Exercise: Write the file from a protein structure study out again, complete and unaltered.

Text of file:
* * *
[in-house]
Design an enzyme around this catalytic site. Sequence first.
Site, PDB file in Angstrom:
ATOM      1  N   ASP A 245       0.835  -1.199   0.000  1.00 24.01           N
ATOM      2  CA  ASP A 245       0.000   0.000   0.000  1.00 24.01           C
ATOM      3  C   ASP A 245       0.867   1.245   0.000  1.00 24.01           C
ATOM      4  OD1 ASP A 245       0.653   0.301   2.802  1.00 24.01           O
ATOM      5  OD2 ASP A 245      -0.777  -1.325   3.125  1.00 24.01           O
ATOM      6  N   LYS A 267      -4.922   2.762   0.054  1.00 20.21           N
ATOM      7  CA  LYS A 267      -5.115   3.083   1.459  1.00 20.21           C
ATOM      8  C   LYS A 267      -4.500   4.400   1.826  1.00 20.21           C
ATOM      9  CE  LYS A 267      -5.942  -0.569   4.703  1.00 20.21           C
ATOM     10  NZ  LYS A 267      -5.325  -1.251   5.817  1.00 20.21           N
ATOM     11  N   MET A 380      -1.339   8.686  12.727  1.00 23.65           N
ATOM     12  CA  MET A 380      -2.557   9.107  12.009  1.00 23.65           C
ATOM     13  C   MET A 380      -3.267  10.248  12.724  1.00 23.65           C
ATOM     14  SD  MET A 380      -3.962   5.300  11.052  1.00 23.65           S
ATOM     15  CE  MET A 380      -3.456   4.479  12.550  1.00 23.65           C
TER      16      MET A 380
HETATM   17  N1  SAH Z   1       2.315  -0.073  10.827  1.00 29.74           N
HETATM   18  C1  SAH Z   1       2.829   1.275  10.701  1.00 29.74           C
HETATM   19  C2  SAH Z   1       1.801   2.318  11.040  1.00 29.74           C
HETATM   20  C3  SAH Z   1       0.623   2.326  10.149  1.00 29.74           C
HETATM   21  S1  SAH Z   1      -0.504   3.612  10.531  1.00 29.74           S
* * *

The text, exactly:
[in-house]
Design an enzyme around this catalytic site. Sequence first.
Site, PDB file in Angstrom:
ATOM      1  N   ASP A 245       0.835  -1.199   0.000  1.00 24.01           N
ATOM      2  CA  ASP A 245       0.000   0.000   0.000  1.00 24.01           C
ATOM      3  C   ASP A 245       0.867   1.245   0.000  1.00 24.01           C
ATOM      4  OD1 ASP A 245       0.653   0.301   2.802  1.00 24.01           O
ATOM      5  OD2 ASP A 245      -0.777  -1.325   3.125  1.00 24.01           O
ATOM      6  N   LYS A 267      -4.922   2.762   0.054  1.00 20.21           N
ATOM      7  CA  LYS A 267      -5.115   3.083   1.459  1.00 20.21           C
ATOM      8  C   LYS A 267      -4.500   4.400   1.826  1.00 20.21           C
ATOM      9  CE  LYS A 267      -5.942  -0.569   4.703  1.00 20.21           C
ATOM     10  NZ  LYS A 267      -5.325  -1.251   5.817  1.00 20.21           N
ATOM     11  N   MET A 380      -1.339   8.686  12.727  1.00 23.65           N
ATOM     12  CA  MET A 380      -2.557   9.107  12.009  1.00 23.65           C
ATOM     13  C   MET A 380      -3.267  10.248  12.724  1.00 23.65           C
ATOM     14  SD  MET A 380      -3.962   5.300  11.052  1.00 23.65           S
ATOM     15  CE  MET A 380      -3.456   4.479  12.550  1.00 23.65           C
TER      16      MET A 380
HETATM   17  N1  SAH Z   1       2.315  -0.073  10.827  1.00 29.74           N
HETATM   18  C1  SAH Z   1       2.829   1.275  10.701  1.00 29.74           C
HETATM   19  C2  SAH Z   1       1.801   2.318  11.040  1.00 29.74           C
HETATM   20  C3  SAH Z   1       0.623   2.326  10.149  1.00 29.74           C
HETATM   21  S1  SAH Z   1      -0.504   3.612  10.531  1.00 29.74           S